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Opening Arguments

Rights of passage

The debate over illegal immigration isn't gone, it's just simmering below the surface, and "simmering" is exactly the right word. There's still a lot of anger out there over the possibility of amnesty, and it will bubble up again when those pushing for it inevitably bring it up again. And the issue of birthright citizenship is not going to remain a "crackpot idea of the fringe right" much longer. Lawmakers in 15 states have announced a nationwide effort to change the way the 14th Amendment is interpreted. And here, the ACLU of Indiana might inadvertently bring about that debate sooner rather than later:

INDIANAPOLIS (AP) — Two sets of immigrant parents whose children were born in Indianapolis sued health officials Tuesday over a policy they say makes the children legally illegitimate and denies them their family rights to such things as insurance.

The American Civil Liberties Union of Indiana filed the lawsuit against the Health and Hospital Corporation of Marion County on behalf of the families. The parents say the policy violates their 14th Amendment rights, which say any child born in the United States is a U.S. citizen.

At issue is the enforcement of a state law that allows a child's paternity to be established through an affidavit containing both parents' Social Security numbers. Although the law was enacted in 1997, the lawsuit claims health officials "only recently" began interpreting it to mean that people who didn't have or couldn't get Social Security numbers couldn't file the affidavits.

No, the 14th Amendment does not say "any child born in the United States is a U.S. citizen." It says "All persons born or naturalized in the United States and subject to the jurisdiction thereof are citizens of the United States and of the State wherein they reside." (My emphasis.) Certainly the amendment wasn't intended to cover the children of illegal immigrants, since the country really had no immigration policy at the time. Whether its current interpretation to include them is correct is a subject open to debate, and granting birthright citizenship isn't exactly common among countries with advanced economies.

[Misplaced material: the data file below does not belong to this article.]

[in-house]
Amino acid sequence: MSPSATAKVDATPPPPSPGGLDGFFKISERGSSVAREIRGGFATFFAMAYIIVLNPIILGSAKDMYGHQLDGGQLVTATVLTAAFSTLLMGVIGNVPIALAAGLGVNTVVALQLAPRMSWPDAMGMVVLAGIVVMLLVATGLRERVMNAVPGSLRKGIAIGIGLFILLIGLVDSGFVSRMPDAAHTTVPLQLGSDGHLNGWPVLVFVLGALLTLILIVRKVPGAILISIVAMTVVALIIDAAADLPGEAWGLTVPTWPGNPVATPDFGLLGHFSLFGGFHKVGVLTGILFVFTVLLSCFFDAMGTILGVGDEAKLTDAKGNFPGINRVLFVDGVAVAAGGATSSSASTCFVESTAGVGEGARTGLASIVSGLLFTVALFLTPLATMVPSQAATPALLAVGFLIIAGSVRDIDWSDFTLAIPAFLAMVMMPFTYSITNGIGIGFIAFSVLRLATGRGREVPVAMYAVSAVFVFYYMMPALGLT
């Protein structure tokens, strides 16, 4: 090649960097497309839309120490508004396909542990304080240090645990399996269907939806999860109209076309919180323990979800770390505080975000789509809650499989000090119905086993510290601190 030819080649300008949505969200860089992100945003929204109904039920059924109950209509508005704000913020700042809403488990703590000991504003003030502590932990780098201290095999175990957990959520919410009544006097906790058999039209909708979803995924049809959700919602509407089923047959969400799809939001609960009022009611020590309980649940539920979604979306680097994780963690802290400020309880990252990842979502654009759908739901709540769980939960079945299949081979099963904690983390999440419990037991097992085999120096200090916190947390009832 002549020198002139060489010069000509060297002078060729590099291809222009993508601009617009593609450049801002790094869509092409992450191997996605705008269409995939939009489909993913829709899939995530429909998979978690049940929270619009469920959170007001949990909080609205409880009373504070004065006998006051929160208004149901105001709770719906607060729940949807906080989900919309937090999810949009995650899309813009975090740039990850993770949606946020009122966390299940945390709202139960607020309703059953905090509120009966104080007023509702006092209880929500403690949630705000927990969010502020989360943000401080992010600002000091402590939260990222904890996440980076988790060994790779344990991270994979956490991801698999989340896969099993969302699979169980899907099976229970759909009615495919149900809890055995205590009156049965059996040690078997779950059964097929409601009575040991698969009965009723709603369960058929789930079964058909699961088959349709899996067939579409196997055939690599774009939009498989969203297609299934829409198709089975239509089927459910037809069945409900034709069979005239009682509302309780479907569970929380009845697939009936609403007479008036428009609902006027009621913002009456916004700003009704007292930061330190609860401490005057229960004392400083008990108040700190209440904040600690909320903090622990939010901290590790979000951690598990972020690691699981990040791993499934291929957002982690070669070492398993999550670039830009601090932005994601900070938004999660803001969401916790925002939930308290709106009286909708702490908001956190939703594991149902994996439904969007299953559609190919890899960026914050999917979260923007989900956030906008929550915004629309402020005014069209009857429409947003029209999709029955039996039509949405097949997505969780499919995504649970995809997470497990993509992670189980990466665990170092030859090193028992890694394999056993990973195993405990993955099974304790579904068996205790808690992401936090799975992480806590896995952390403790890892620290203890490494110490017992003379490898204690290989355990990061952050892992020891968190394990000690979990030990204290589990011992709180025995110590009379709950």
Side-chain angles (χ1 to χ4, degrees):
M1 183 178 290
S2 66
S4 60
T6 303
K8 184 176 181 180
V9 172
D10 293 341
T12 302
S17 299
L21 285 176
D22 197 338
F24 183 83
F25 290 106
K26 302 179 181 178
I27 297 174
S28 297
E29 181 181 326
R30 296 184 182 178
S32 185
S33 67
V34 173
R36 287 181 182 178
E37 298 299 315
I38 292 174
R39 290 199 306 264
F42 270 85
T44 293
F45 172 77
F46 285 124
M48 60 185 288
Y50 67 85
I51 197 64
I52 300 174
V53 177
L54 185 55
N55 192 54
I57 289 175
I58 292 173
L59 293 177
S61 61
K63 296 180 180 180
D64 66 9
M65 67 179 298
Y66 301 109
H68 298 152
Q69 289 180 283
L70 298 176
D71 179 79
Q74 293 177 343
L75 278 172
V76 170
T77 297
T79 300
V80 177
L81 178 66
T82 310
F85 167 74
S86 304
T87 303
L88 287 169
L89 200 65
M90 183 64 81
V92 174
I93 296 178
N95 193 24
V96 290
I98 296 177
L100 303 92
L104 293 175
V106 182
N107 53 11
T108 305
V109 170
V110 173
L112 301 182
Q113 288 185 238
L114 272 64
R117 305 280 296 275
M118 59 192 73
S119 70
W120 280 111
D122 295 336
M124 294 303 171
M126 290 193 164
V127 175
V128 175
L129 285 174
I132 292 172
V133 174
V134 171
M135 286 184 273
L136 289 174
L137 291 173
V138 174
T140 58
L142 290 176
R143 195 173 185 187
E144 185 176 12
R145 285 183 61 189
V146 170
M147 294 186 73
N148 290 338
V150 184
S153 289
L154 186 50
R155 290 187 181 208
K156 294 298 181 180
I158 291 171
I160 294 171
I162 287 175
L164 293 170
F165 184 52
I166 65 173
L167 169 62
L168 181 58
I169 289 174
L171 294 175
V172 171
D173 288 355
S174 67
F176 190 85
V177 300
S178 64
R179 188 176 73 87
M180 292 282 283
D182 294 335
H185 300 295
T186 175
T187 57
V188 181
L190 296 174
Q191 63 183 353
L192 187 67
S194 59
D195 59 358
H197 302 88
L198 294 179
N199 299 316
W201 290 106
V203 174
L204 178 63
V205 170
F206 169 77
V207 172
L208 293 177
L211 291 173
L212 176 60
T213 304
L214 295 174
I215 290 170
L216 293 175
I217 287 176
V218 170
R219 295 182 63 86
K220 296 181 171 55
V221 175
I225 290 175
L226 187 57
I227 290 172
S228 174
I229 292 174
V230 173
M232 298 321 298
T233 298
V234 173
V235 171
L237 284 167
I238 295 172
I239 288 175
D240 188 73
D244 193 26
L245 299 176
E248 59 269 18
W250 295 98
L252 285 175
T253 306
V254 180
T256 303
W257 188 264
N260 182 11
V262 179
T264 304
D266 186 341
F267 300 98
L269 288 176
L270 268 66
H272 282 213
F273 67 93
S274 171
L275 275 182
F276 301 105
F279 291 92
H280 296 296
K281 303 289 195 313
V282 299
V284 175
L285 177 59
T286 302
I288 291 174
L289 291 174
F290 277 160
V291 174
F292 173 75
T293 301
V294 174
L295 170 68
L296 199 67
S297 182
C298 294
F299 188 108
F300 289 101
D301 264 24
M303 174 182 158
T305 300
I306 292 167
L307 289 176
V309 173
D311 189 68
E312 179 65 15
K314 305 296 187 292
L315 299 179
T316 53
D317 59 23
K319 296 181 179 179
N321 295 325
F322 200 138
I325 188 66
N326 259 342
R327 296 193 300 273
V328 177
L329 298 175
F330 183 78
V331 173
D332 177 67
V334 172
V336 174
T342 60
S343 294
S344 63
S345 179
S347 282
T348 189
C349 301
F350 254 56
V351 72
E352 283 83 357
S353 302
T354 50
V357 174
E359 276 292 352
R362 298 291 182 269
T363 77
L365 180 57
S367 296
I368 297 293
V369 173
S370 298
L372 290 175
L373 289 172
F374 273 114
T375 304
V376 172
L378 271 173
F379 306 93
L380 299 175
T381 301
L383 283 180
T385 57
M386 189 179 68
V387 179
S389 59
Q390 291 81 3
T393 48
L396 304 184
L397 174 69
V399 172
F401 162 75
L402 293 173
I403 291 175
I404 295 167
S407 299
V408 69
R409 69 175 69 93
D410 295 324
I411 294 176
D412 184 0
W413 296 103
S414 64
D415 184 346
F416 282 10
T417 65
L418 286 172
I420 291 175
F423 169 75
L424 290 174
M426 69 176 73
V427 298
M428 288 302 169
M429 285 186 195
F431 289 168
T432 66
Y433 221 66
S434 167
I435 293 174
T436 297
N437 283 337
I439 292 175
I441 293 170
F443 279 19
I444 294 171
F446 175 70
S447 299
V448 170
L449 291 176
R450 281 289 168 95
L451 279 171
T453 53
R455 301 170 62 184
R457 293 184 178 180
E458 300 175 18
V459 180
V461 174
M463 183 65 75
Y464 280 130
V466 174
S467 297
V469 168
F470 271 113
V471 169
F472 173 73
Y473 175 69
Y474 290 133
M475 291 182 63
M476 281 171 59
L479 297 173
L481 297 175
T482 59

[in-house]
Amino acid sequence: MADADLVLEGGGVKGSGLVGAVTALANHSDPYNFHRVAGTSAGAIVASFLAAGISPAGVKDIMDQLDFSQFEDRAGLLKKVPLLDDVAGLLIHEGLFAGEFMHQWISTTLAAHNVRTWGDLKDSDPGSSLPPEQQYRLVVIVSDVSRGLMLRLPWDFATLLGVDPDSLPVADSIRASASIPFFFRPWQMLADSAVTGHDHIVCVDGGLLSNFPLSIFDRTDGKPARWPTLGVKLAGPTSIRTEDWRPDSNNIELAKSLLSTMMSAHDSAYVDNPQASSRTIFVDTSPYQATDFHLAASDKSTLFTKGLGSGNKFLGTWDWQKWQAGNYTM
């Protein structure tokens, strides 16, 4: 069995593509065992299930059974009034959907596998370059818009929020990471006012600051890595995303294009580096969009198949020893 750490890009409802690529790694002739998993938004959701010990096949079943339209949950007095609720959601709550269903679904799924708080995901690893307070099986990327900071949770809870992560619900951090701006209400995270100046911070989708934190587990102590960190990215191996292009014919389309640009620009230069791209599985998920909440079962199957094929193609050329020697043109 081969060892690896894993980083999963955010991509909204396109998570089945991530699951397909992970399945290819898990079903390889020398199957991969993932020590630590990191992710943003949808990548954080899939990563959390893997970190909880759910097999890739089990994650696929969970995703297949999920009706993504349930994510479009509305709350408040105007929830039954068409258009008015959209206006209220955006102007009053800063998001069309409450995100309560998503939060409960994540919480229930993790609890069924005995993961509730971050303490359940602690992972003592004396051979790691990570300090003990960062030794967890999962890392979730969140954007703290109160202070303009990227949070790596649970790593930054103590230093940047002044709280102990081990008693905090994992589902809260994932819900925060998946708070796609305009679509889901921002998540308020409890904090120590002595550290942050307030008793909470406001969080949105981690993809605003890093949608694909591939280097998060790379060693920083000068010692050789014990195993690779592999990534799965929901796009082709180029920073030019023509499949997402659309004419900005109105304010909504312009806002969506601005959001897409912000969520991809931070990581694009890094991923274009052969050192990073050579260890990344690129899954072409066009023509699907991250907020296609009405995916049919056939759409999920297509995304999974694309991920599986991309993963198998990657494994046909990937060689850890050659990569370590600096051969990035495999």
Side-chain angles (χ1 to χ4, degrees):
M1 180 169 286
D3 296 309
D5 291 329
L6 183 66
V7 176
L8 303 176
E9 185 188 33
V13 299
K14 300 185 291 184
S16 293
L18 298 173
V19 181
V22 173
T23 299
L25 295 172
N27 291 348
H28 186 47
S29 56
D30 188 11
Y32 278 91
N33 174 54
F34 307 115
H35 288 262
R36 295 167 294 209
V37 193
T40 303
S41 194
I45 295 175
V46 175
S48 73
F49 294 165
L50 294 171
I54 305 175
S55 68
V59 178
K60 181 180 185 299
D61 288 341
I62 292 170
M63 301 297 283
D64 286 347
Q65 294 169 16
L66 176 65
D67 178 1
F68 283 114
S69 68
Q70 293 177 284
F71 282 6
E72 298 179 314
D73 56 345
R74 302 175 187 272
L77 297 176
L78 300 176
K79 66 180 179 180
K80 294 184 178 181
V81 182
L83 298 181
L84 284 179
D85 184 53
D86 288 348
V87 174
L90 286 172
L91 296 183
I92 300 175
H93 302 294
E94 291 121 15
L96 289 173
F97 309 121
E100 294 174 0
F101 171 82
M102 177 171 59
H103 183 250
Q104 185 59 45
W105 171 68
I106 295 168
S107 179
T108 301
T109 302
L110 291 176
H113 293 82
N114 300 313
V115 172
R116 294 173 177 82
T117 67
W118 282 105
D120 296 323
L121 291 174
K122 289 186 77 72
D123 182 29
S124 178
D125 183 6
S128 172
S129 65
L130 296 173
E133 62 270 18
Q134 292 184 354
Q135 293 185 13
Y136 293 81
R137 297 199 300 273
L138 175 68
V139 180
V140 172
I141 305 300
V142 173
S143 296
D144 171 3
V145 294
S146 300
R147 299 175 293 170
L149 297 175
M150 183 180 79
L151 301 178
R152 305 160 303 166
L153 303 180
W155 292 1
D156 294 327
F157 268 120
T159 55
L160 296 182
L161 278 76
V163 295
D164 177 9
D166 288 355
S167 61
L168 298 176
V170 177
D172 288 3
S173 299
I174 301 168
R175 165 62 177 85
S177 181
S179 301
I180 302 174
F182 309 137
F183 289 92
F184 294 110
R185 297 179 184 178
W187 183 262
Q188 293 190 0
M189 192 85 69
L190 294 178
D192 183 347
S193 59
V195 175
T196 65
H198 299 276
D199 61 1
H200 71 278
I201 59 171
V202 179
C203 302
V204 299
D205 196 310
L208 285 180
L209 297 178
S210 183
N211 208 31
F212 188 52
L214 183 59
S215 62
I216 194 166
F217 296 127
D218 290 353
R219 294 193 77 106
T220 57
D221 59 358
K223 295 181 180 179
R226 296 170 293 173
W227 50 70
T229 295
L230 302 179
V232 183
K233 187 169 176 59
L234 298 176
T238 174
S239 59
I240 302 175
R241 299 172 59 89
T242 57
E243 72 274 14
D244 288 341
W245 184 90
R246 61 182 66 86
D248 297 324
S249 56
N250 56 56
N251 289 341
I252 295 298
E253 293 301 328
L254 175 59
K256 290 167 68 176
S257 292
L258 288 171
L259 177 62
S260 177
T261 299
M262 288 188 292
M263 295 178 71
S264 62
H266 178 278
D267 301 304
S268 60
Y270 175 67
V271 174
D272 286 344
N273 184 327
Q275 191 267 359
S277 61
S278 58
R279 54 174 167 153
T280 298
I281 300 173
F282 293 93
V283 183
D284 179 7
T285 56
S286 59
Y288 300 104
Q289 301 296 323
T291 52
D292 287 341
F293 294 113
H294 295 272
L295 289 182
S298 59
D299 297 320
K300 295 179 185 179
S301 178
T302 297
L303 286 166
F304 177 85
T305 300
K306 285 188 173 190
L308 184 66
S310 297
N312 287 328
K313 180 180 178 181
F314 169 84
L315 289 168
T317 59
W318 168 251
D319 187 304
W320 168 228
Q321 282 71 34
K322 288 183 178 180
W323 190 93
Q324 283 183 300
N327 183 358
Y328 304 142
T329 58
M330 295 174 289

Bob G.
Wed, 10/20/2010 - 9:34am

Yeah, Leo...that nasty subject of the JURISDICTION thereof seems to come back and bite 'em in the butt, doesn't it?

They just can't find a way AROUND it, can they?
Pshaw...for them.

Wed, 10/20/2010 - 10:36am

Wikipedia has a good entry on the subject of birthright citizenship. It's not some sort of loophole. It's just that, traditionally, we welcomed immigration and wanted more Americans.

William Larsen
Wed, 10/20/2010 - 11:45am

As many no, I am no friend to an illegal alien. However, the state has a real problem here with requiring a Social Security number. As the IRS found out in Larsen v IRS Commissioner in 2008, there is no federal law that requires an individual ever apply for a social security account number.

The SSA states applying for a SSN is voluntary. However, once a person has been assigned a SSN, it cannot be revoked, but can be assigned a different number in some cases. The privacy act of 1974 5 UCS 552a states very clearly you cannot deny rights, benefits or privileges for not having a Social Security Number unless it is required by Federal Statute or Executive Order.

In my particular case with the IRS that lasted 20 years, the IRS conceded the instant Judge Goeke began the proceedings. The IRS thought I would cave. The State of Indiana faces a much more difficult position. Being a state, the only federal statute that authorizes the state to use a SSN for identification is section 405 c 2a of the Social Security Act that only authorizes the state to use those SSN that have been issued. There is a big difference between allowing the use of an issued SSN and the requirement that an individual have a SSN.

The State will loose.